For only the second time in a decade, the Federal Reserve is raising interest rates. If you have a major purchase coming up like a home, it’s likely you will be paying more for that loan. How the increase will affect your car loan depends on how the manufacturers react.
USA Today spoke with various financial analysts regarding how the increased rates and the proposed fiscal policy for the next administration will impact the lending markets. As of now, the base rate is set to increase a quarter of a point, with further gradual increases anticipated over the next few years.
The story says that the average new car loan is about 4.25 percent, while the average new car transaction price is around $34,000. If you financed $34,000 at 4.25 over 60 months your payment would be $630 a month. A quarter-point increase to 4.50 percent will bring that payment to $633 a month, which is not a dramatic difference.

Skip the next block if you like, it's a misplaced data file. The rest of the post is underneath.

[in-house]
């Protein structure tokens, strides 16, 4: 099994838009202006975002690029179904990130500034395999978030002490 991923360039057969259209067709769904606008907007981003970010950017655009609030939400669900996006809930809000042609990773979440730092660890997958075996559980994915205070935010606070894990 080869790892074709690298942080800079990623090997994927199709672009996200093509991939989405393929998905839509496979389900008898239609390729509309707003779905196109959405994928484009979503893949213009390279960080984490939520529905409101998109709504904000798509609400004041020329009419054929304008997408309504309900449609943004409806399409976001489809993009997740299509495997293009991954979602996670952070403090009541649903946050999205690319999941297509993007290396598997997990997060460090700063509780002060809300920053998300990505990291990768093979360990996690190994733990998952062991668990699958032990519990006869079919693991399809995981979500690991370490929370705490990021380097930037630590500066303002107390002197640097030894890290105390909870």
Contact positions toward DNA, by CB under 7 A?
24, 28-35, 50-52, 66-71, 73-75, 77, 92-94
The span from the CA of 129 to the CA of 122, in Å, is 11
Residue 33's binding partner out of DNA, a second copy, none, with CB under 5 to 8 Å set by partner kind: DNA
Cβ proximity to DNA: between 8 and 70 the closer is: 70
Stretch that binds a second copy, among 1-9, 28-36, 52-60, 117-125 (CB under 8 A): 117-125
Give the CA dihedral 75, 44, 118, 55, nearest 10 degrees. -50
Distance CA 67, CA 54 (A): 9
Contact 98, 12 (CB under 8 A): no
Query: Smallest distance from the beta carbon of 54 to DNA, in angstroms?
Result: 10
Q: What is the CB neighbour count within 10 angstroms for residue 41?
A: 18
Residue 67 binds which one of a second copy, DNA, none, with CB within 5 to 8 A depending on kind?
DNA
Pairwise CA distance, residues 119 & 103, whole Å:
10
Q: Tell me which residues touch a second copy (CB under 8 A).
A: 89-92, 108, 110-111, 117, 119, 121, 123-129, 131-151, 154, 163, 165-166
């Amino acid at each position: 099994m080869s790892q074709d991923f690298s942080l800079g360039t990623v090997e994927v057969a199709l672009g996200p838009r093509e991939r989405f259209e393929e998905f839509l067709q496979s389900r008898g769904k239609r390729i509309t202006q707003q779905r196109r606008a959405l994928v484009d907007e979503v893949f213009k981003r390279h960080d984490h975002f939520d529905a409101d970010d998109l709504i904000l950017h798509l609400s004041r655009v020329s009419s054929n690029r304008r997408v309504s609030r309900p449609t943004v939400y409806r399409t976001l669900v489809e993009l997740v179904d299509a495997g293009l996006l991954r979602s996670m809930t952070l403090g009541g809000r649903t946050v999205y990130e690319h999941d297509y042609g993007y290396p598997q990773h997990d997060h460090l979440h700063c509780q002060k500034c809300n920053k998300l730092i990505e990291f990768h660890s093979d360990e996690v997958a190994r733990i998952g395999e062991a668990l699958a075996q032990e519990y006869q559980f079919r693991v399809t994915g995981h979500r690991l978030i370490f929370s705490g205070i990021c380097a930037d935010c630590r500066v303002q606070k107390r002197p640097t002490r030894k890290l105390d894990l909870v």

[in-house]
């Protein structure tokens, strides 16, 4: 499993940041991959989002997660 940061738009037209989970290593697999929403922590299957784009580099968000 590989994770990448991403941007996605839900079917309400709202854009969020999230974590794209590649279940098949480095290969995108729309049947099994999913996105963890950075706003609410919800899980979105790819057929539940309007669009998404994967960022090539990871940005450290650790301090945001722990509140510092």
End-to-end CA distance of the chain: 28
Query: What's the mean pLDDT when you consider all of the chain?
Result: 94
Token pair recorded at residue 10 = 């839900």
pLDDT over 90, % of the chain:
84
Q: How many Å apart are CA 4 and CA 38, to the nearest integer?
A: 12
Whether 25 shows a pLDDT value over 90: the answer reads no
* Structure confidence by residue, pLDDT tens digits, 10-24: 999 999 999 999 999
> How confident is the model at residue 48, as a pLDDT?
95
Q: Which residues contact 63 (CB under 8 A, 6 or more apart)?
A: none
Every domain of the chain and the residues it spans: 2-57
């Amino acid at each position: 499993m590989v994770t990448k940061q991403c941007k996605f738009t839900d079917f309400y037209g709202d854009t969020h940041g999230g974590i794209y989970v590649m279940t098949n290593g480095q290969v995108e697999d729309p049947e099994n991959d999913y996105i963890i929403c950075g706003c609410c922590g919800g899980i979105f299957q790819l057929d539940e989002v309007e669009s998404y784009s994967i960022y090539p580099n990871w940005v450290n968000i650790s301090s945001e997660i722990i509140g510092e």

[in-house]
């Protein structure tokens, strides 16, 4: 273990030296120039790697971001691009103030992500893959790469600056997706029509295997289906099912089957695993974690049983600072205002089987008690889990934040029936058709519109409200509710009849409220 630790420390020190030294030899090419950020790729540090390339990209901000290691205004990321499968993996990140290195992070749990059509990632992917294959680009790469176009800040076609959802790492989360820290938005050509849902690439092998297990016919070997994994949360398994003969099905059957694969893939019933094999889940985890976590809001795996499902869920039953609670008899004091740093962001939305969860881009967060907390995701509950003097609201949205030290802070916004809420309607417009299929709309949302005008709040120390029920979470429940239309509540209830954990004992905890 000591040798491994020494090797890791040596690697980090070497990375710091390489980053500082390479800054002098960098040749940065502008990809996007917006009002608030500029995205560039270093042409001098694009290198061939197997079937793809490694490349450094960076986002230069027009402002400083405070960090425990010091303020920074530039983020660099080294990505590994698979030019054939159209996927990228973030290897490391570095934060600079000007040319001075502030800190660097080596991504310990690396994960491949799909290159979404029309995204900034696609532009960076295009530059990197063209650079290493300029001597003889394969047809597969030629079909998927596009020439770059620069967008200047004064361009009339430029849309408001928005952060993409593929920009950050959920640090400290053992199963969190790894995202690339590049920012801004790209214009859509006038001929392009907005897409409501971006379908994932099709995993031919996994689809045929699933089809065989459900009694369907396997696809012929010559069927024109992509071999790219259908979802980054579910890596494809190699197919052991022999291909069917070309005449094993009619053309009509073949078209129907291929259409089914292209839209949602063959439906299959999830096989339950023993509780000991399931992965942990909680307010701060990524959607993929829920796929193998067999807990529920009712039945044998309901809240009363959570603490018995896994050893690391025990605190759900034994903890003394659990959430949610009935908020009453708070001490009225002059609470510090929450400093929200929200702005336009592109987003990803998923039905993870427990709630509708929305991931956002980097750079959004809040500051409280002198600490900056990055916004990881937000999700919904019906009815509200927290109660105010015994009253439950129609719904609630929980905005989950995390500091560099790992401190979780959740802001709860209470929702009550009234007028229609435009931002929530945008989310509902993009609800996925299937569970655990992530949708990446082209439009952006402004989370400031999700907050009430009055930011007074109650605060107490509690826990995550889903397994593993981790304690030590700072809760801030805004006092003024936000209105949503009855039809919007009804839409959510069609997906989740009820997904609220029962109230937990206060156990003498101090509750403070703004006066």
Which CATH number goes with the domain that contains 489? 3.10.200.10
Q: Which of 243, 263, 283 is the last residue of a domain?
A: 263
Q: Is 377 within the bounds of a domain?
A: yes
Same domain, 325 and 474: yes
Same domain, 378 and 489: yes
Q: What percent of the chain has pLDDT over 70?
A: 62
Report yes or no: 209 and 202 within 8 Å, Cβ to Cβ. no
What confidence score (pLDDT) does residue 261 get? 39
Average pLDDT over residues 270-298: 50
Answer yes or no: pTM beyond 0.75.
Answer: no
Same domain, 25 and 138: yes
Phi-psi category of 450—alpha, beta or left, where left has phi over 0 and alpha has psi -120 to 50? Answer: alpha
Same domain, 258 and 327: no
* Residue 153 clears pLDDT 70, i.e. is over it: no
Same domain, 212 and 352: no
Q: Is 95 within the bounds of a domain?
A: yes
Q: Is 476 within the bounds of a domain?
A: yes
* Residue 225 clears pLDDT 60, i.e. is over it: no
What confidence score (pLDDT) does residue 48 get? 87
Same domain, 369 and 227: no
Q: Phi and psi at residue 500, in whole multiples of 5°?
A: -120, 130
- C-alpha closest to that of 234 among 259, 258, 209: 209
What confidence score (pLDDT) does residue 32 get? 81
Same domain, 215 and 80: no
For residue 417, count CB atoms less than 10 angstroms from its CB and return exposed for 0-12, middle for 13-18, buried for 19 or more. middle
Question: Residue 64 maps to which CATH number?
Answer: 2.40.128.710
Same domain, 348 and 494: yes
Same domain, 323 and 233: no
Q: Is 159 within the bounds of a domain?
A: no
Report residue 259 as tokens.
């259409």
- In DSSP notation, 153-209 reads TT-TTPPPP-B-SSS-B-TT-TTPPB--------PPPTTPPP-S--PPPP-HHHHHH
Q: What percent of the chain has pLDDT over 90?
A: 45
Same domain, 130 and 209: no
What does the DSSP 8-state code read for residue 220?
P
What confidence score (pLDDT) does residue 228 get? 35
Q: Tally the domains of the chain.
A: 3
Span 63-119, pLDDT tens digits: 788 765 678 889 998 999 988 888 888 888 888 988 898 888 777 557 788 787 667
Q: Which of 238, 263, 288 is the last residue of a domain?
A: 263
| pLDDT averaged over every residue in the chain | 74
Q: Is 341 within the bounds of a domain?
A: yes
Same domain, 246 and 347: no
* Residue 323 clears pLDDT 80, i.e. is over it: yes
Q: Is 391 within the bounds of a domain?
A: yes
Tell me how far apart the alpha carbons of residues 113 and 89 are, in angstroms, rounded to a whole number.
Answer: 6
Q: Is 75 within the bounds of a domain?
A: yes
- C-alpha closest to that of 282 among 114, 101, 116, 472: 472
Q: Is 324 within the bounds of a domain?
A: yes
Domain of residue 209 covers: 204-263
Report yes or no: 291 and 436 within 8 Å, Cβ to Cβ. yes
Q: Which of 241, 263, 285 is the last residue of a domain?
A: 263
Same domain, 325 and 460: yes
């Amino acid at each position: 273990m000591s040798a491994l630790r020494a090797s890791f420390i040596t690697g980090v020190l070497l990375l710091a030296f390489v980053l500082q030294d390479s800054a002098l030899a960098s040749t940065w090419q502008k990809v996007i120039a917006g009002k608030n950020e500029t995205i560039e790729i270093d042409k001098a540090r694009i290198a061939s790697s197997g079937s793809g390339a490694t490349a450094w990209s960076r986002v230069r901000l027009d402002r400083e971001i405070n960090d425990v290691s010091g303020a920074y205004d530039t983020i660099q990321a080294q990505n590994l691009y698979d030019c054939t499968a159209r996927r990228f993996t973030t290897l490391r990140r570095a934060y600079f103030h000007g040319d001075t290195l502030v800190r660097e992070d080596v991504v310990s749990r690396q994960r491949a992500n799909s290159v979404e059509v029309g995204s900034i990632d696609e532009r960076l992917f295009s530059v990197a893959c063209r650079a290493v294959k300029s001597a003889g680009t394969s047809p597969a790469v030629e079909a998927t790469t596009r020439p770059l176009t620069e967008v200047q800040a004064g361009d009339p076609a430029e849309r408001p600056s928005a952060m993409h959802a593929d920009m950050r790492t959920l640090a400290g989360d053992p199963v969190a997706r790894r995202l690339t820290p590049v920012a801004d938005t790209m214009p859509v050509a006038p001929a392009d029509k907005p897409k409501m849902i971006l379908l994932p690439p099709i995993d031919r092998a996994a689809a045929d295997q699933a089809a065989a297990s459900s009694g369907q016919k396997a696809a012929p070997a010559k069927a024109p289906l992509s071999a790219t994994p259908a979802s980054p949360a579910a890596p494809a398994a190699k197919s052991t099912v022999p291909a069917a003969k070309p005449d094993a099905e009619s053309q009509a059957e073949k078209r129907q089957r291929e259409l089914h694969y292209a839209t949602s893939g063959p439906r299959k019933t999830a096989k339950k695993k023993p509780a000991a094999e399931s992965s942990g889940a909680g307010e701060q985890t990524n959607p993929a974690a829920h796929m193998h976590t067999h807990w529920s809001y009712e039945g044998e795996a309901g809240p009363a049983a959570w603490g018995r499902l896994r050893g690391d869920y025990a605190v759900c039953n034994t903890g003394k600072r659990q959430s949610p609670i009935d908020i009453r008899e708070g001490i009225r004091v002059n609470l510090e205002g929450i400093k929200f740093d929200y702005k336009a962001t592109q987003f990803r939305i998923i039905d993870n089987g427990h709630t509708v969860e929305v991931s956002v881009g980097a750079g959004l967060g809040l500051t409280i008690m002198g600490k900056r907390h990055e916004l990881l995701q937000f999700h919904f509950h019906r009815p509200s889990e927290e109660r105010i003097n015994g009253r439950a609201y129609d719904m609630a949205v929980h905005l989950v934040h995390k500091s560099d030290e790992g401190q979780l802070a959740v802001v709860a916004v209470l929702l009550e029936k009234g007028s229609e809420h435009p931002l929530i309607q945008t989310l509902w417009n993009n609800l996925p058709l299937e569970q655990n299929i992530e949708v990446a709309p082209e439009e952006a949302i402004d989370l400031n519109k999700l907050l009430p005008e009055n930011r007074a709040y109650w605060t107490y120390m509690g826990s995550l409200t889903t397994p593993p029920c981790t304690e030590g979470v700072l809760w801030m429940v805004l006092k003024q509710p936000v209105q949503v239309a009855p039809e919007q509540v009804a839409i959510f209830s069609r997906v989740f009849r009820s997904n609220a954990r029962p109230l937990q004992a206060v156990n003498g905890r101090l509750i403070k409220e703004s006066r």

However, next year the rate is set to increase in three separate increments which could total to a whole percentage point. That means if you wait another year to buy that $34,000 car, you could be paying $649 a month on a five-year loan, or an additional $1,140 over the course of the loan.
Does that mean you should run out and buy a car before the rates jump even further? Not really. With auto sales predicted to slow down from the record sales in 2015, automakers will likely increase incentives and offer subsidized financing like zero percent APR loans to move inventory off the lot.